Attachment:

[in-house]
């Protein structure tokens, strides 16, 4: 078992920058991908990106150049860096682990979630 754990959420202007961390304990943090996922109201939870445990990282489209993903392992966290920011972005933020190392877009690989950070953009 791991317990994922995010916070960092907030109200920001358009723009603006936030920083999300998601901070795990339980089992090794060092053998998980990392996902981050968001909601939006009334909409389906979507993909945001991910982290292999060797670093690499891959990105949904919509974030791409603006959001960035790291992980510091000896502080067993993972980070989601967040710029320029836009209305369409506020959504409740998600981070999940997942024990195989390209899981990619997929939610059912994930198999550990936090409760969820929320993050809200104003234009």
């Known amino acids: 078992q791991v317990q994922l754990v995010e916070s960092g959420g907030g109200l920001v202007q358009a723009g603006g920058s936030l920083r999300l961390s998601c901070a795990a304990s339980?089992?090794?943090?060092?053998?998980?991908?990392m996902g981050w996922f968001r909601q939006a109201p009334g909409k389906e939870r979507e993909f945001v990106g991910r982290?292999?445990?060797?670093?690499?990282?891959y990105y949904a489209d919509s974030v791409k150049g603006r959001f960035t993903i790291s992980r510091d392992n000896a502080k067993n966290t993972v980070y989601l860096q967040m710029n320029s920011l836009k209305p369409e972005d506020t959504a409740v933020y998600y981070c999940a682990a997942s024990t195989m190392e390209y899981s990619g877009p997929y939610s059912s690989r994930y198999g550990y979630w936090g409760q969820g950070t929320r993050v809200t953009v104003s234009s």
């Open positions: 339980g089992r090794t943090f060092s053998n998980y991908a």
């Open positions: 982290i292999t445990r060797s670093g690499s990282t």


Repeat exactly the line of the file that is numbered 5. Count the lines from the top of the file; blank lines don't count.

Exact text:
């Open positions: 982290i292999t445990r060797s670093g690499s990282t």